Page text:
In other words, it is the job of government to be a true neutral arbiter, the ultimate referee who insures that all members of the collective both have their needs met, and cannot actively cause harm to any other individual in the collective. Any activity beyond this, and it risks turning large sections of the collective into either predators on the collective, or parasites on the collective.

And here is where you have to get down to defining terms. Predators are easy. These are individuals or other collectives who view the collective as "lunch". The defining characteristic is that the predator exists OUTSIDE the collective. They are dangerous precisely because they are not part of the collective.

Parasites are exactly the same thing, only they exist inside the collective. They still view the collective as lunch, and are every bit as harmful as predators, but they are harder to deal with. The biggest trouble is that of actually understanding which parasitical behaviors are the most harmful. The easy answer is obvious. They cause harm to the overall collective. But often times that harm is not noticed. The problem is that parasites are very good at hiding the harm that they cause in SECRECY, or excuse it as the privilege of status.

And as you recall, the very reason I am using small scale tribal structure to illustrate the functions of government is because secrecy cannot really exist in such a small structure. However, as we have expanded past the size of tribes, secrecy has become the primary defense of parasites. They are aware that if the other members of the collective become aware of their activities, then out of self preservation, the collective will enforce penalties on the parasite, up to and including death in an effort to prevent the parasite from causing further harm.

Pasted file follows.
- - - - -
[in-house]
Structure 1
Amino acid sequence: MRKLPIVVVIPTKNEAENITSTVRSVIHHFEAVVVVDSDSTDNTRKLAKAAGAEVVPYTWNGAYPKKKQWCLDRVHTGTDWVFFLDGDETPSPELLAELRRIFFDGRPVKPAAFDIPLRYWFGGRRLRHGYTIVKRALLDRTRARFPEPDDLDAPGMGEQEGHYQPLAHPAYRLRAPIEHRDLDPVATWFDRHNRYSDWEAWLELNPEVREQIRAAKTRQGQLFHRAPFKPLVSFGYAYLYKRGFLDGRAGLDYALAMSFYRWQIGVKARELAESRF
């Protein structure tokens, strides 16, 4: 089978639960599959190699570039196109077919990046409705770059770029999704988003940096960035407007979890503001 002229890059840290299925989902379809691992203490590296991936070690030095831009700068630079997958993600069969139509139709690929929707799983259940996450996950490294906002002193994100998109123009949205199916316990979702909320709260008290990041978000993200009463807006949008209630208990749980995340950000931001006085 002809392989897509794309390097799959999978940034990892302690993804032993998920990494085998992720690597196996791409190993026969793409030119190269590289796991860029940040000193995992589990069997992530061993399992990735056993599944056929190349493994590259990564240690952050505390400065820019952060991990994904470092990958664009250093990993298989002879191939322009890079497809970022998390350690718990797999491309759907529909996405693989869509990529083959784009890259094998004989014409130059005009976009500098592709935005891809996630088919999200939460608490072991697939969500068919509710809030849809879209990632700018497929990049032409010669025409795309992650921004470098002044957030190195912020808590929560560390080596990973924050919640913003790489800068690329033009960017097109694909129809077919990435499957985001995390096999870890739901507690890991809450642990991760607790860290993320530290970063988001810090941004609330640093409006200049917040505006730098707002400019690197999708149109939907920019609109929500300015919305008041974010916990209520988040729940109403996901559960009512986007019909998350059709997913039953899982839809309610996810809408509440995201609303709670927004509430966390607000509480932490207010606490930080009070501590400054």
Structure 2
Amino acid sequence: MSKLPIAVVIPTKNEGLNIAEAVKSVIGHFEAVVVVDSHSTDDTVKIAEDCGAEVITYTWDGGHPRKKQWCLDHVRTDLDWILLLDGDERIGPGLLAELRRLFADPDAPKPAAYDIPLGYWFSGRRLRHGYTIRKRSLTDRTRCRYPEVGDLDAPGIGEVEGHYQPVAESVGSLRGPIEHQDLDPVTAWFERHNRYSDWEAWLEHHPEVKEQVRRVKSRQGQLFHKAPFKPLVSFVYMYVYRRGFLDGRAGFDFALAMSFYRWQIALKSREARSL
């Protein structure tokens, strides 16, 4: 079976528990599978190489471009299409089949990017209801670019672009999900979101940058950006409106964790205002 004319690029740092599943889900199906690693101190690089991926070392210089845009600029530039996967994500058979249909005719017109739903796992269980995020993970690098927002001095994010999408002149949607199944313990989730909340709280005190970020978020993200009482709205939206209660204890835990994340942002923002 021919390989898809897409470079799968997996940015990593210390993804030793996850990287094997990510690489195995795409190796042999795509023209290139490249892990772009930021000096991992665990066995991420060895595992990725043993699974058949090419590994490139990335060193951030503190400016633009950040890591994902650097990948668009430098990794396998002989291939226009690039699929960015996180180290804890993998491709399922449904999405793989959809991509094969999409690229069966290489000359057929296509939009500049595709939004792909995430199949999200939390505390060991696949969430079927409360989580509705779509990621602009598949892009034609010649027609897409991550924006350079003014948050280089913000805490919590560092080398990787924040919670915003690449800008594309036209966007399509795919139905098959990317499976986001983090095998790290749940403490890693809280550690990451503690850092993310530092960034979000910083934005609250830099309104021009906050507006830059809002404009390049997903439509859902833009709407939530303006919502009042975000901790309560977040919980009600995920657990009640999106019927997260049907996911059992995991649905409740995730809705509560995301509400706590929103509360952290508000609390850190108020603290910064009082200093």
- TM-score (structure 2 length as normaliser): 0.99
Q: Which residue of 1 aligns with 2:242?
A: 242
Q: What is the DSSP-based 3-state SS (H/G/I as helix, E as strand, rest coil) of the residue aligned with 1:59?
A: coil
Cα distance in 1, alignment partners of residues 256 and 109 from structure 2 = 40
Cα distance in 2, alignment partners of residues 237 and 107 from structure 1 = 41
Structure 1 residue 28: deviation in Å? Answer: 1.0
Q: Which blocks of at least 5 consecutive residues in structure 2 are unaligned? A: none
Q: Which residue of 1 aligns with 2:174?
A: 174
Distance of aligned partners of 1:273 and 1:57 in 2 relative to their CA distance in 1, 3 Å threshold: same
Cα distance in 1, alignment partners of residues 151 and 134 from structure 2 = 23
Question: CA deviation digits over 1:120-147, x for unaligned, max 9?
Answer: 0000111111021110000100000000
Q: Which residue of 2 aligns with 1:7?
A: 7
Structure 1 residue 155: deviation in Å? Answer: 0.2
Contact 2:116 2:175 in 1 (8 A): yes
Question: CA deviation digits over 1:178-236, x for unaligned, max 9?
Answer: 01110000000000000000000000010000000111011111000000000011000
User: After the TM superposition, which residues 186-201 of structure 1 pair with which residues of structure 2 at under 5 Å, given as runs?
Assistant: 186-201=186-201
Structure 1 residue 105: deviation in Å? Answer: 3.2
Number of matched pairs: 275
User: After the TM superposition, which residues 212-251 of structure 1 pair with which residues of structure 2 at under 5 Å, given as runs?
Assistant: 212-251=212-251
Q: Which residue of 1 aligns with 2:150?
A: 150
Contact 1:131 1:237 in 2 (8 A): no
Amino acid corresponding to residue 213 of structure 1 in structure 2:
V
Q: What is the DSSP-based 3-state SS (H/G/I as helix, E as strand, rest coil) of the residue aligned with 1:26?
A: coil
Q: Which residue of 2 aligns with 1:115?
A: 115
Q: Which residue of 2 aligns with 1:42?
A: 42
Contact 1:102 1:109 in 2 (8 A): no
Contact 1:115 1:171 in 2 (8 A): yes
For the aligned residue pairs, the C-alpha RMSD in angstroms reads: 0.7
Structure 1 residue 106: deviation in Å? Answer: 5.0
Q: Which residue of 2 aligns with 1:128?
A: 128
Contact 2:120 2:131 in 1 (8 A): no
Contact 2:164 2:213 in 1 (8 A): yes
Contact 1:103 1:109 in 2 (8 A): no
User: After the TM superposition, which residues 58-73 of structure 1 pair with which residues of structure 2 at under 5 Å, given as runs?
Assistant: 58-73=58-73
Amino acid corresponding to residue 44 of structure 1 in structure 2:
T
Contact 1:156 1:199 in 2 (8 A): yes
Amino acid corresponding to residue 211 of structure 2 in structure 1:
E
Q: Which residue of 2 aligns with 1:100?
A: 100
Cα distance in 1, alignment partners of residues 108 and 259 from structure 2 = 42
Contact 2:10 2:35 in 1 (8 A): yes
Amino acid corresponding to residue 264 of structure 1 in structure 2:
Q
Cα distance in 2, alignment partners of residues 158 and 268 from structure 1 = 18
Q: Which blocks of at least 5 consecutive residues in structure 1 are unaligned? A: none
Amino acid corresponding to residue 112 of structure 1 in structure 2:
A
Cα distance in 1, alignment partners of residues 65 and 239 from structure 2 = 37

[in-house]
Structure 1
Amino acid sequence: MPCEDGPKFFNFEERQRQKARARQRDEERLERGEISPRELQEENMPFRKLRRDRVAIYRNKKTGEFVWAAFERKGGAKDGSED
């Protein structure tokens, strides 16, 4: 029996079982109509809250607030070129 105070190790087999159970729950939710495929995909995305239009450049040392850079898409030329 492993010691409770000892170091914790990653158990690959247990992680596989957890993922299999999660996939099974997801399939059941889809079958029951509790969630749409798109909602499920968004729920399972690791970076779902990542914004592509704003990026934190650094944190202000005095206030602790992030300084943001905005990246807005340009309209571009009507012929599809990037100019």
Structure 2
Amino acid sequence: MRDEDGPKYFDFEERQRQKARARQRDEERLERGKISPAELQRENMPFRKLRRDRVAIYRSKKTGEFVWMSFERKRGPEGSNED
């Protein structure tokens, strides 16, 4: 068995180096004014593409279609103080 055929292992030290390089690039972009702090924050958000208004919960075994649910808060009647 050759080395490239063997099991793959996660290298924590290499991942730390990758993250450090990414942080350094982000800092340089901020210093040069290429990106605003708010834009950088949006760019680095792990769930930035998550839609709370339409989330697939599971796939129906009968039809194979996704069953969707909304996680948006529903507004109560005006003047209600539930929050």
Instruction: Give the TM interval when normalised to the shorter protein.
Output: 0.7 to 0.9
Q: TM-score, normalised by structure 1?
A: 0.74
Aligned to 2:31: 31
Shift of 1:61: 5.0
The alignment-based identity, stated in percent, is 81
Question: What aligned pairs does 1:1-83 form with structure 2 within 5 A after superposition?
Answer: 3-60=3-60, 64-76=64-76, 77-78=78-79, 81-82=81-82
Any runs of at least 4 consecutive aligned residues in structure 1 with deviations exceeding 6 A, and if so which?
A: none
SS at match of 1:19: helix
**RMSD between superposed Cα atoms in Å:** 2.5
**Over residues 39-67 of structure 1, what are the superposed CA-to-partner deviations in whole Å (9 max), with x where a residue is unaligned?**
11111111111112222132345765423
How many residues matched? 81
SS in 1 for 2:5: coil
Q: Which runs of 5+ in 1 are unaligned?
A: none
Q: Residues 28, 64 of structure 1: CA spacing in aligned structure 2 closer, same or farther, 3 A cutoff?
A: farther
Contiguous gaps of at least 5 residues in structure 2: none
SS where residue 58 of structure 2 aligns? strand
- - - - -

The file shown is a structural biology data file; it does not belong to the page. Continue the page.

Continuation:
To be blunt, a parasite is actually far more harmful than a predator, because of the fact that they are inside the collective, and disguise themselves. They can come from every level of the social tiers, but the amount of damage they can cause to the collective goes up exponentially with status. A low status individual, regardless of how clever, is very limited in the damage they can cause to the collective as a whole. But High Status actors, because of the roles they play in the overall collective, have the ability to inflict massive harm on the entire collective as a parasite, and there is no argument that can be made to dispute this.